“I am very fortunate to have the opportunity to work with many talented Binghamton University graduate and undergraduate students, brilliant faculty colleagues and a very supportive University administration,” Poliks said. “As faculty, we are all responsible for research, teaching and service to our campus communities, and these roles and responsibilities only grow in depth and breadth with tenure and promotion. I look forward to mentoring our junior faculty and sharing the many opportunities that I have had.”

“The work that Professor Poliks does touches the lives of so many as he has contributed to the development of technology that advances the manufacturing of electronic circulis, memories, physical and chemical sensors, biological and medical devices, photovoltaic cells, energy storage devices and lighting,” said Stenger. Quoting a reviewer, “His work clearly leads the direction and future in his field, it serves the needs of the electronics industry and advances the mission of the State University of New York.”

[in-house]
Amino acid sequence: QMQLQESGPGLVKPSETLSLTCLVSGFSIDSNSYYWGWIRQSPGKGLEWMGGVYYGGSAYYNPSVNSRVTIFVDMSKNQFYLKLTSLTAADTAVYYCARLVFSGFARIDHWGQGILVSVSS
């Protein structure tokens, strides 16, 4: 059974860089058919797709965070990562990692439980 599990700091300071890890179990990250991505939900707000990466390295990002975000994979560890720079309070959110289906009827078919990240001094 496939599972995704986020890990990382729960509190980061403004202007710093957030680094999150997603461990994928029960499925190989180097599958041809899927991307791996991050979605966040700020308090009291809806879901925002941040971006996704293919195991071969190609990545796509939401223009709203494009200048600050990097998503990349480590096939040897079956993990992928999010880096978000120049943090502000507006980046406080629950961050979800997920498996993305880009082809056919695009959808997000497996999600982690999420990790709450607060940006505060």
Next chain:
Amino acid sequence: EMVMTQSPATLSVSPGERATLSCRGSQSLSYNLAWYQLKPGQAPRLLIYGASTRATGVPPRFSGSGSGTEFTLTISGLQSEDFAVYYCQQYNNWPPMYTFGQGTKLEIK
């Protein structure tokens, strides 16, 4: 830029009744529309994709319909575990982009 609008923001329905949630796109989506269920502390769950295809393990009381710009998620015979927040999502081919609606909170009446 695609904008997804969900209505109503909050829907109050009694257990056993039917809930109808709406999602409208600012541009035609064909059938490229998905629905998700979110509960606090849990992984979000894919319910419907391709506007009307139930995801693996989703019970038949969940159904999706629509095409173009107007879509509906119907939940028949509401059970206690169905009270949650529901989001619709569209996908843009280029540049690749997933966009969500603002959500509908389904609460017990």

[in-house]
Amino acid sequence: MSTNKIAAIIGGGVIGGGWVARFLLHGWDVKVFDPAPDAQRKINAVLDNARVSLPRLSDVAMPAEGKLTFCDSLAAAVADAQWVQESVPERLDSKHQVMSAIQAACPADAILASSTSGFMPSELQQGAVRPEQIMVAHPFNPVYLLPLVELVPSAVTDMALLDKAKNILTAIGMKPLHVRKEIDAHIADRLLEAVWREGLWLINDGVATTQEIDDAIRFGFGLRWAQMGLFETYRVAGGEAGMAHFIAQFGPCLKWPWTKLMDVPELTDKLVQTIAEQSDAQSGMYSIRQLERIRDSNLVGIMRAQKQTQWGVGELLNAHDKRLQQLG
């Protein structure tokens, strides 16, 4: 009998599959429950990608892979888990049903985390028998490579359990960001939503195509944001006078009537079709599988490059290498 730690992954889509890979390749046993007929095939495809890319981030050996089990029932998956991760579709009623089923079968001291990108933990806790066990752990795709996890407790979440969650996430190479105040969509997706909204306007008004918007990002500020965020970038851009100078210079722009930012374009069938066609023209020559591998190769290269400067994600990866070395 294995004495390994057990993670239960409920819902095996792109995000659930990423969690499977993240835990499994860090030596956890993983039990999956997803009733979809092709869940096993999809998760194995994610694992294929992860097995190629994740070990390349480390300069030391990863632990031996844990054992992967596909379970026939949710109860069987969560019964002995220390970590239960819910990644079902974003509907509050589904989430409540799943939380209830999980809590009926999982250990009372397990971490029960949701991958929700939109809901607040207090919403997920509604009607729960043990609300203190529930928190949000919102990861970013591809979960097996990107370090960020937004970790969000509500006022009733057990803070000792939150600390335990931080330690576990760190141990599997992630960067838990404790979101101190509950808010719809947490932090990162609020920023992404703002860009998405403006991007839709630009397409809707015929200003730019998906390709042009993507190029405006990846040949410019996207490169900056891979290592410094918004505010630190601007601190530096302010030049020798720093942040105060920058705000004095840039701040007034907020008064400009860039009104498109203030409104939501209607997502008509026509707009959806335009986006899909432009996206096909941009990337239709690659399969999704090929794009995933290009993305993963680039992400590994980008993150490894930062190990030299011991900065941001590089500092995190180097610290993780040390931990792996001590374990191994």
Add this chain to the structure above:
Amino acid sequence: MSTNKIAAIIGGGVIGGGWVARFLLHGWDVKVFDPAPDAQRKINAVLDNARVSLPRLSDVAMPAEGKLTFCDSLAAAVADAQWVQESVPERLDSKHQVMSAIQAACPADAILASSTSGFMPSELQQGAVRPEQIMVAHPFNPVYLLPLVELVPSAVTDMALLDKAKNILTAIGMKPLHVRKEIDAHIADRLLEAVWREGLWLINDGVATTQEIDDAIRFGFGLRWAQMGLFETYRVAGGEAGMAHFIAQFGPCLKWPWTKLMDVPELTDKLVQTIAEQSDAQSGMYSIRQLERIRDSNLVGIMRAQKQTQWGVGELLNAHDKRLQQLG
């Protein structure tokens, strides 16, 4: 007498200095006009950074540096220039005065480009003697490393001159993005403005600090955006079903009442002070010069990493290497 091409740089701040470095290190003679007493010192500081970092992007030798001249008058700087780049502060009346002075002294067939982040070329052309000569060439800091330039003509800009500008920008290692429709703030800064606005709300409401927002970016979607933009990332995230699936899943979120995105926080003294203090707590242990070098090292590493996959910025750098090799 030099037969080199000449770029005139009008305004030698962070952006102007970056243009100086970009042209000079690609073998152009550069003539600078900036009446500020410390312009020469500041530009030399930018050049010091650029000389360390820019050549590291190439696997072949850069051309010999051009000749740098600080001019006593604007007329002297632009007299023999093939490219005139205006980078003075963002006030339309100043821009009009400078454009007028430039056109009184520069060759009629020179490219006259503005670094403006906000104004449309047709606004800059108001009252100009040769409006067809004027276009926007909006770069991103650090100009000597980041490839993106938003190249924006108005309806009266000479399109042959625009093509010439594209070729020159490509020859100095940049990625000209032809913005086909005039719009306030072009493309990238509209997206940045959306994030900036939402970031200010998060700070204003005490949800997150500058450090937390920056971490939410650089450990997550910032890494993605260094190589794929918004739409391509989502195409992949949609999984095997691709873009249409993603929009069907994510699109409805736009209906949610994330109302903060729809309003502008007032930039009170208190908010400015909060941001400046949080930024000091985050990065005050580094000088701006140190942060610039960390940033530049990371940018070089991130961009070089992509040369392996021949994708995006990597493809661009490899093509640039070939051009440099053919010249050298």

Daryl Santos

Vice Provost for Diversity and Inclusiveness
Distinguished Service Professor of Systems Science and Industrial Engineering